"We must see ourselves as one people, acting together with the common purpose of redeeming our continent from these scourges that continue to keep us underdeveloped. The founding fathers of our nations, using Ghana as their Mecca, dreamt of an Africa without political boundaries. Today, we propose Zinox as the technology platform for the attainment of that dream. The reasons why we propose the adoption of the Zinox brand as the pan African IT platform to serve as the arrow head for Africa’s participation in the information age.
While Ekeh in his speech said as Zinox is ready to meet and surpass the Ghanaians expectations in terms of quality, he implored the government to encourage productivity and capacity building the present high tariff in the country can be reviewed.
His words: " I would just crave your indulgence to look at a few practical ways where we can act together and pull down the boundaries that could limit a pan African technology. The onus is on the entrepreneur to win the confidence of policy makers and consumers in his operating environment. He must ensure that the quality of his products is of world-class standard and meets the aspirations of his environment. That explains why Zinox undertook and mastered the tedious and sometimes frustrating quality processes prescribed by Intel and Microsoft. Today Zinox is the only Microsoft authorized OEM partner in West Africa with WHQL certification to her credit and the only system builder in Sub-Saharan Africa with ISO 9001:2000 QMS certification. In addition we are the Largest Intel Premier Partner in Sub Saharan Africa.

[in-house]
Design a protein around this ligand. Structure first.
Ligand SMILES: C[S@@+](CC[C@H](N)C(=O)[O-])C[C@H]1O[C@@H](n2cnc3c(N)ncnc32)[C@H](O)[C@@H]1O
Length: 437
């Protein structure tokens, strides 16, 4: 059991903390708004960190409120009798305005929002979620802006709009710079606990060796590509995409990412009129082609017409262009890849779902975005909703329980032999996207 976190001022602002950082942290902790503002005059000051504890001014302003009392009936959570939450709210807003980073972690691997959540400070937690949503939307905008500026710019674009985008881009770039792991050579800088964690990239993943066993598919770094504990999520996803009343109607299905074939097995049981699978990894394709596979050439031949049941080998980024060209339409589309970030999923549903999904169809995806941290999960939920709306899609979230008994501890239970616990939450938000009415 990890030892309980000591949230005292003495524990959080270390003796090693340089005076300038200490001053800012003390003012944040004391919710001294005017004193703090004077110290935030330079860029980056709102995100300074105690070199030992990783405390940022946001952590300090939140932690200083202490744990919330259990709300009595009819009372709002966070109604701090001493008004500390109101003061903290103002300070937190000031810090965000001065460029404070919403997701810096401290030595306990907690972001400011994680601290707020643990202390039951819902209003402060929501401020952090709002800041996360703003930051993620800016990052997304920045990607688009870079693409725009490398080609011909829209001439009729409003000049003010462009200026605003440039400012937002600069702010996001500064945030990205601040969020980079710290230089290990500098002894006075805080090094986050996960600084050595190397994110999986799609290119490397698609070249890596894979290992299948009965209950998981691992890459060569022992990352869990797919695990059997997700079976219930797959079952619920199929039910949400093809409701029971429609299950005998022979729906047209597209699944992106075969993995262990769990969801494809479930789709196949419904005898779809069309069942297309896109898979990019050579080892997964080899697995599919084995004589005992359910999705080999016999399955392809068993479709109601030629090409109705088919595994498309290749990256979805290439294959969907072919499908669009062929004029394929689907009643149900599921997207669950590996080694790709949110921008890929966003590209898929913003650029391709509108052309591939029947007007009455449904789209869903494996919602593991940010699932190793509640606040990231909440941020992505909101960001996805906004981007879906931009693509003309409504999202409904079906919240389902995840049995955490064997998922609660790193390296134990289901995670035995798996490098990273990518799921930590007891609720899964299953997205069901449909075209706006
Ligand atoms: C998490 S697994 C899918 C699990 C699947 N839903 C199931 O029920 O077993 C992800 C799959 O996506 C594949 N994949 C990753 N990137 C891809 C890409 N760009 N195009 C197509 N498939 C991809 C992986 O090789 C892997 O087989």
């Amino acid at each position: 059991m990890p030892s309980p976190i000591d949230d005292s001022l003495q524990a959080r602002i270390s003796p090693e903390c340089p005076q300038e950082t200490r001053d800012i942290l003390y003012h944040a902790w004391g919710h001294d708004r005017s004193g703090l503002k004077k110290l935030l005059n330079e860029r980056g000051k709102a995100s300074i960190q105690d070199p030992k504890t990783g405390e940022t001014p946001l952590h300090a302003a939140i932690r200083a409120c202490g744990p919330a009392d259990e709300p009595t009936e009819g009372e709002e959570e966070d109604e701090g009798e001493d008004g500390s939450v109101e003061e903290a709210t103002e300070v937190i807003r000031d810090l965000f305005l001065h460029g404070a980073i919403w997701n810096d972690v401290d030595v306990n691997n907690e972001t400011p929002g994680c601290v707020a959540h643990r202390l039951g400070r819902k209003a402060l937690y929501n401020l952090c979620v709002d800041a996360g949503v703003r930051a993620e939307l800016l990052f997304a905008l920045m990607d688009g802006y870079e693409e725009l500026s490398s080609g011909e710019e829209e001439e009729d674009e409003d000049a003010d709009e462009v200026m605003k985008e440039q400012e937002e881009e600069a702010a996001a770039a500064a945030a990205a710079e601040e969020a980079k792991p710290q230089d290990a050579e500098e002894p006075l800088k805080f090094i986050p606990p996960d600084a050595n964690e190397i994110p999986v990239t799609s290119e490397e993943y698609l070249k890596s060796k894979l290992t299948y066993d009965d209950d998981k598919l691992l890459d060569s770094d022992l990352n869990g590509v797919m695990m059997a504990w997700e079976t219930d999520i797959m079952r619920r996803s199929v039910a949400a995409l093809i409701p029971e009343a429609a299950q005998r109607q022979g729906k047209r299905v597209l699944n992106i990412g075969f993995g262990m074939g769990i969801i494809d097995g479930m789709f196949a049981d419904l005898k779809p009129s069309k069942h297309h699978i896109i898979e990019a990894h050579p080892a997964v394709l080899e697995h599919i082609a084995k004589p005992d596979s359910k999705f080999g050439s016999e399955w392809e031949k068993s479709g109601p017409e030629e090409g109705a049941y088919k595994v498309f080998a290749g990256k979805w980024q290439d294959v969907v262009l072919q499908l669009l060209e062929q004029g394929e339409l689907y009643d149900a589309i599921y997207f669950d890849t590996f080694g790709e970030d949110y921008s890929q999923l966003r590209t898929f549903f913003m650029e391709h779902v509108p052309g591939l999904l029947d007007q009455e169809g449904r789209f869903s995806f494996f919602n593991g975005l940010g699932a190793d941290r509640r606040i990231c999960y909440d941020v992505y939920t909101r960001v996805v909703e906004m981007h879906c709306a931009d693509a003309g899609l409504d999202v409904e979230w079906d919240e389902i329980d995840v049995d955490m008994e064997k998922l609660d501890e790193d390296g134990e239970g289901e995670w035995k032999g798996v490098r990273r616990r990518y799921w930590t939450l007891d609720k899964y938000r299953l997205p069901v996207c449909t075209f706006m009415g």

But, I learnt that the tariff regime in Ghana is the highest on the West coast. It would make a lot of sense to place a high tariff on luxury goods and other goods that do not encourage productivity and capacity building. However, it would be counter productive to allow the high tariffs to affect products that engender growth and productivity. Information Technology penetration is subsidized in most parts of the world. The computer has been demystified from its high position as a product for the rich. Today, the computer is the main driver of education, development, security and governance. I recommend that you take another look at not just the tariff but also consider interventionist moves to make the computer accessible to a majority of Ghanaians."